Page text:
10. igout says:

    In today’s Telegraph that Brit historian Niall Ferguson says that there’s more to the Baker report than meets the MSM’s eyes. Perhaps I am grasping at straws here, but I think he was suggesting the real reason for sitting down at the regional table with Syria and Iran would be to find occasion to stir up trouble between them. If so then the word “realist” is rescued from joke status.

    I can’t add anything to the contempt expressed here for the Arab mind, and I hope that well-meaning people in the West divest themselves of illusion and hesitation.

  11. igout says:

    dammit! forgot the after Telegraph. Sorry

  12. Abu Nudnik says:

    but i’d put somewhat less blame on the arabs and a great deal on the west which, in 60 years, has not yet told the arabs to grow up.

    Actually, one Western leader said just that: When Yasser Arafat whined (after a suicide bomber killed a bunch of people in Israel) that now “the frustration has even come to our children!” (as if the bomber was not the perpetrator but victim) George Bush responded directly to the Palestinians by telling them: “Control your passions.” Unfortunately, because he was accused of arrogance, cultural insensitivity and the like, he retreated from that kind of straight language that needed desperately to be used by someone in precisely his position. Too bad. The Arab world, more than anyone, needs to hear the truth. Friends don’t let friends kill themselves and other friends along with them.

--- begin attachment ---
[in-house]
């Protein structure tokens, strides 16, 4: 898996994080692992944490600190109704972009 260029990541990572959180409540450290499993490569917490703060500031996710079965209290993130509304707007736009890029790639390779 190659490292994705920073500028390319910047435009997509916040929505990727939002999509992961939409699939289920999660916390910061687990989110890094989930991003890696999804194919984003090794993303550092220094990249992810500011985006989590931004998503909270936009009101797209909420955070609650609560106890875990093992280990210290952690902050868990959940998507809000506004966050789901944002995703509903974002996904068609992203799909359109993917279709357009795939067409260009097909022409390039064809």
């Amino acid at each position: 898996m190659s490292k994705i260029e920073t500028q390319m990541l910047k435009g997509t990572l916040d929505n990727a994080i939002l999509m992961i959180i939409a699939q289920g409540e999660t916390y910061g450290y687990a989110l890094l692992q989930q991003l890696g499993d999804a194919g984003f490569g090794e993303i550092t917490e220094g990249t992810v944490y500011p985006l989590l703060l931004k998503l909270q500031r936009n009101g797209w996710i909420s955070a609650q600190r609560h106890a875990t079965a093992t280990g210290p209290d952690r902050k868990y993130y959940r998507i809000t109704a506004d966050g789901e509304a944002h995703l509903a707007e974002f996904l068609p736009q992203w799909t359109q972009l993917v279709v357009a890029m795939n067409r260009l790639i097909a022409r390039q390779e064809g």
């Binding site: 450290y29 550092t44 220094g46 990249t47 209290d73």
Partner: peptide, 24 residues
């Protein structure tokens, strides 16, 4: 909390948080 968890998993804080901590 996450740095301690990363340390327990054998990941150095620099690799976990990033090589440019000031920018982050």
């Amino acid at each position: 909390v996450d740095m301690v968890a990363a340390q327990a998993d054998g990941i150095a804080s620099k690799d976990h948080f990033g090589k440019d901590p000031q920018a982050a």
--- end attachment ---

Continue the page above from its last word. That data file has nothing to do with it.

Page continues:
You can’t humiliate a humble man and people who constantly claim they are humiliated are filled with a shame they feel is being seen by one and all. The support proferred for suicide bombers in the Arab world suggests that the reason they support the murderers even though they give the lie to Islam’s being compassionate and peaceful and thereeby shame the religion and its adherents seems to exist simply because there is simply no fallback position. To admit that the bombers are decadent and immoral is to simply add to the shame and humiliation: it is like the monkey trapped with a fistful of rice who tries to pull his own arm off as the villagers descend to crack his head open.

    On Jimmy Carter: I think he would only be happy if the Jews of Israel chose “love even unto death,” a kind of auto-crucifixion that would expiate their collective guilt over their lack of support for JC (you decide which JC).

  13. […] cably vast Israeli military superiority drives the entire Arab world mad with a shame that only worsens as the decades of failure accumulate. A […]

  14. […] solution to their problems. In honor-shame cultures, guilt is consistently projected, and Israel is the scapegoat for Arab feeling of inferiority […]

  15. […] the “Arab Street.” Israel, with its modern, technological prowess, represents everything that makes Muslims ashamed by their performa […]

  16. […] is at once pathetic, and highly indicative of the profound mental and cultural resistance that permeates the Arab world to normalizing relations and getting on with the business of […]